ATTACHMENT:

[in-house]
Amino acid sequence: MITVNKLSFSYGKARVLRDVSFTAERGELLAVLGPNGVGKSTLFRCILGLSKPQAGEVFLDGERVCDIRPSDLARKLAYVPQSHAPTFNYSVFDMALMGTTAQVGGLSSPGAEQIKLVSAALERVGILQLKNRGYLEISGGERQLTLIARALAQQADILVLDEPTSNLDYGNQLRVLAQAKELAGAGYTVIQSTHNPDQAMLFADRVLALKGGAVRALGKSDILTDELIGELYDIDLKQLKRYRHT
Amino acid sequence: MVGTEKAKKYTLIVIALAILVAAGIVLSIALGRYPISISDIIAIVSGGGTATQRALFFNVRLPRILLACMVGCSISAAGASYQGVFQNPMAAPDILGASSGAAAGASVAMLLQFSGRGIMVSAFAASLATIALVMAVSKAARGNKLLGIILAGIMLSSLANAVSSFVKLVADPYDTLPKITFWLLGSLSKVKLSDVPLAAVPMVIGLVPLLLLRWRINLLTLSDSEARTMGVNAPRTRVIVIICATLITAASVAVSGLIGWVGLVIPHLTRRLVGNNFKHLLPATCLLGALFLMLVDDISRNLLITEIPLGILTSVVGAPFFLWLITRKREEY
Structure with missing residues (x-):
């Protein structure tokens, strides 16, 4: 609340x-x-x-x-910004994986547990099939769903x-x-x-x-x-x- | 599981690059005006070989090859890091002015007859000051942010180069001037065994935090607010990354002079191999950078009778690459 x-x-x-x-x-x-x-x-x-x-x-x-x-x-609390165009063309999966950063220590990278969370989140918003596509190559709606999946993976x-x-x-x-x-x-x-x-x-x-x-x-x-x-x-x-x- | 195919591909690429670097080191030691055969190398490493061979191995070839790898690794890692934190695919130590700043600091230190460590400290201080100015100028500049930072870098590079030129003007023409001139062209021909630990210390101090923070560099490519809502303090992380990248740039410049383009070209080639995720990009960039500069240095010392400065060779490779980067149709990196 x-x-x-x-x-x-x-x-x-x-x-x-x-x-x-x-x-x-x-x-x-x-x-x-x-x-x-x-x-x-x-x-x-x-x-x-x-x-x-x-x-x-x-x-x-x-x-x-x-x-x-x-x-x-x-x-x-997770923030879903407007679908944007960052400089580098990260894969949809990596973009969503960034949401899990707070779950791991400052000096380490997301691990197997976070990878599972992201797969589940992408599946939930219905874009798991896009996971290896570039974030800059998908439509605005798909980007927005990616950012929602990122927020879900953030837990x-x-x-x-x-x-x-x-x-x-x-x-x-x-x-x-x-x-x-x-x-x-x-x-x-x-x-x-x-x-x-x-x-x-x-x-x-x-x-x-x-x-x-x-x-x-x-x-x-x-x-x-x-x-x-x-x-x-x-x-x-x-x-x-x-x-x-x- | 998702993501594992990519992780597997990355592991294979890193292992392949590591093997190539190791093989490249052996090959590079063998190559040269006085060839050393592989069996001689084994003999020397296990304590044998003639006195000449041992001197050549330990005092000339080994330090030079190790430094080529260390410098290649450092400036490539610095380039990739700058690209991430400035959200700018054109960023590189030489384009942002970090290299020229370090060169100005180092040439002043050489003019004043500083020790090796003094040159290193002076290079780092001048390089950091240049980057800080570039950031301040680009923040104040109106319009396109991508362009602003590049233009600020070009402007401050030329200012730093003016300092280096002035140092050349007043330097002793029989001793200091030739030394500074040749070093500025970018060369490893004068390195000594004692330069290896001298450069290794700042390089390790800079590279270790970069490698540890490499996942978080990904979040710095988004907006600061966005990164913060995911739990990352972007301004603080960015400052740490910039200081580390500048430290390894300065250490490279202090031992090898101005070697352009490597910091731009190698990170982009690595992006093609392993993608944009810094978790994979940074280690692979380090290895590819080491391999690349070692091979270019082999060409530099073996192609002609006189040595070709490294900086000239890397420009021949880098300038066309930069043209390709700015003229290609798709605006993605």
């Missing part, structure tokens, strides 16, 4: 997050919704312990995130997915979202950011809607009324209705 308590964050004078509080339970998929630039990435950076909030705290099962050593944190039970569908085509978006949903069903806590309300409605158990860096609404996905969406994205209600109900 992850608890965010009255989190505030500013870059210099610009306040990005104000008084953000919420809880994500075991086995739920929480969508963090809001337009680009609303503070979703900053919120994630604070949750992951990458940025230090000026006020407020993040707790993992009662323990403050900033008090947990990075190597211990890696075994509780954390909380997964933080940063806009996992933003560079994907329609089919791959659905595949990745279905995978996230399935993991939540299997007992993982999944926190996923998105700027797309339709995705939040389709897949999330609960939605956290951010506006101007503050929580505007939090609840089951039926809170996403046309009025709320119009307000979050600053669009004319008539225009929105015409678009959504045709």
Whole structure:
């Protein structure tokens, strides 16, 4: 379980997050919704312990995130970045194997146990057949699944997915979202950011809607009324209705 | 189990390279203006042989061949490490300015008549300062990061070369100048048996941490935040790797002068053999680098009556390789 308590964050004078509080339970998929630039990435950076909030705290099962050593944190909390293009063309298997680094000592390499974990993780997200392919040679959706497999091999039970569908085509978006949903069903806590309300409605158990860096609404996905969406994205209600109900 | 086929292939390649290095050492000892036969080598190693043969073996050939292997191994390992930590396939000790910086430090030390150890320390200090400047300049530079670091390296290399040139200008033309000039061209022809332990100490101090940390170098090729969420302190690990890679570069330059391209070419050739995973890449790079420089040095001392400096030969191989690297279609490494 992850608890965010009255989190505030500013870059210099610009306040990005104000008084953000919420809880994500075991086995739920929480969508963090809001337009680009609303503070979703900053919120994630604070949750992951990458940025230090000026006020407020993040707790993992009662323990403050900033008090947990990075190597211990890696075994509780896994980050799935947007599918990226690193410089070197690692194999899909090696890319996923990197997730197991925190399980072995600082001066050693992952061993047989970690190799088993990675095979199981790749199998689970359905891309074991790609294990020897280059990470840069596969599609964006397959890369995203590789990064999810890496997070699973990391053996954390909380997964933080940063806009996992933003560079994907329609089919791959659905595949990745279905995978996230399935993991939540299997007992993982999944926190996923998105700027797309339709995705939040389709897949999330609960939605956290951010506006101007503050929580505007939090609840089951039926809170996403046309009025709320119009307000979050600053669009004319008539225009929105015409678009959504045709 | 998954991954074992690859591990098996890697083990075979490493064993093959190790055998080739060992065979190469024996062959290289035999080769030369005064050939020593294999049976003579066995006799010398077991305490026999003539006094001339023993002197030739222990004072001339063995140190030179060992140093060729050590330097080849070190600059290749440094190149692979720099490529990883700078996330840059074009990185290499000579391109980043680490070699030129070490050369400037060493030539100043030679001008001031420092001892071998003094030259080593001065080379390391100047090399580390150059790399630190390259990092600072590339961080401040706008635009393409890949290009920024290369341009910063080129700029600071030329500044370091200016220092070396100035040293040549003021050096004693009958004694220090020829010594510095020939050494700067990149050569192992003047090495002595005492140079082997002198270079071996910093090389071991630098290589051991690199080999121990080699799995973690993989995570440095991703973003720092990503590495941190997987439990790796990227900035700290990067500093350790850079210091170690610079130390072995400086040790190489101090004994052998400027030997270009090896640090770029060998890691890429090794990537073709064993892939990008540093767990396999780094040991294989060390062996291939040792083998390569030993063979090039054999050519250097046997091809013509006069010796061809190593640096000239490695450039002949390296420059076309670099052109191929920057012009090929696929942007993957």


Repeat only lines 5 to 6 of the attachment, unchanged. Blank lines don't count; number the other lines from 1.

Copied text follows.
């Protein structure tokens, strides 16, 4: 609340x-x-x-x-910004994986547990099939769903x-x-x-x-x-x- | 599981690059005006070989090859890091002015007859000051942010180069001037065994935090607010990354002079191999950078009778690459 x-x-x-x-x-x-x-x-x-x-x-x-x-x-609390165009063309999966950063220590990278969370989140918003596509190559709606999946993976x-x-x-x-x-x-x-x-x-x-x-x-x-x-x-x-x- | 195919591909690429670097080191030691055969190398490493061979191995070839790898690794890692934190695919130590700043600091230190460590400290201080100015100028500049930072870098590079030129003007023409001139062209021909630990210390101090923070560099490519809502303090992380990248740039410049383009070209080639995720990009960039500069240095010392400065060779490779980067149709990196 x-x-x-x-x-x-x-x-x-x-x-x-x-x-x-x-x-x-x-x-x-x-x-x-x-x-x-x-x-x-x-x-x-x-x-x-x-x-x-x-x-x-x-x-x-x-x-x-x-x-x-x-x-x-x-x-x-997770923030879903407007679908944007960052400089580098990260894969949809990596973009969503960034949401899990707070779950791991400052000096380490997301691990197997976070990878599972992201797969589940992408599946939930219905874009798991896009996971290896570039974030800059998908439509605005798909980007927005990616950012929602990122927020879900953030837990x-x-x-x-x-x-x-x-x-x-x-x-x-x-x-x-x-x-x-x-x-x-x-x-x-x-x-x-x-x-x-x-x-x-x-x-x-x-x-x-x-x-x-x-x-x-x-x-x-x-x-x-x-x-x-x-x-x-x-x-x-x-x-x-x-x-x-x- | 998702993501594992990519992780597997990355592991294979890193292992392949590591093997190539190791093989490249052996090959590079063998190559040269006085060839050393592989069996001689084994003999020397296990304590044998003639006195000449041992001197050549330990005092000339080994330090030079190790430094080529260390410098290649450092400036490539610095380039990739700058690209991430400035959200700018054109960023590189030489384009942002970090290299020229370090060169100005180092040439002043050489003019004043500083020790090796003094040159290193002076290079780092001048390089950091240049980057800080570039950031301040680009923040104040109106319009396109991508362009602003590049233009600020070009402007401050030329200012730093003016300092280096002035140092050349007043330097002793029989001793200091030739030394500074040749070093500025970018060369490893004068390195000594004692330069290896001298450069290794700042390089390790800079590279270790970069490698540890490499996942978080990904979040710095988004907006600061966005990164913060995911739990990352972007301004603080960015400052740490910039200081580390500048430290390894300065250490490279202090031992090898101005070697352009490597910091731009190698990170982009690595992006093609392993993608944009810094978790994979940074280690692979380090290895590819080491391999690349070692091979270019082999060409530099073996192609002609006189040595070709490294900086000239890397420009021949880098300038066309930069043209390709700015003229290609798709605006993605």
């Missing part, structure tokens, strides 16, 4: 997050919704312990995130997915979202950011809607009324209705 308590964050004078509080339970998929630039990435950076909030705290099962050593944190039970569908085509978006949903069903806590309300409605158990860096609404996905969406994205209600109900 992850608890965010009255989190505030500013870059210099610009306040990005104000008084953000919420809880994500075991086995739920929480969508963090809001337009680009609303503070979703900053919120994630604070949750992951990458940025230090000026006020407020993040707790993992009662323990403050900033008090947990990075190597211990890696075994509780954390909380997964933080940063806009996992933003560079994907329609089919791959659905595949990745279905995978996230399935993991939540299997007992993982999944926190996923998105700027797309339709995705939040389709897949999330609960939605956290951010506006101007503050929580505007939090609840089951039926809170996403046309009025709320119009307000979050600053669009004319008539225009929105015409678009959504045709």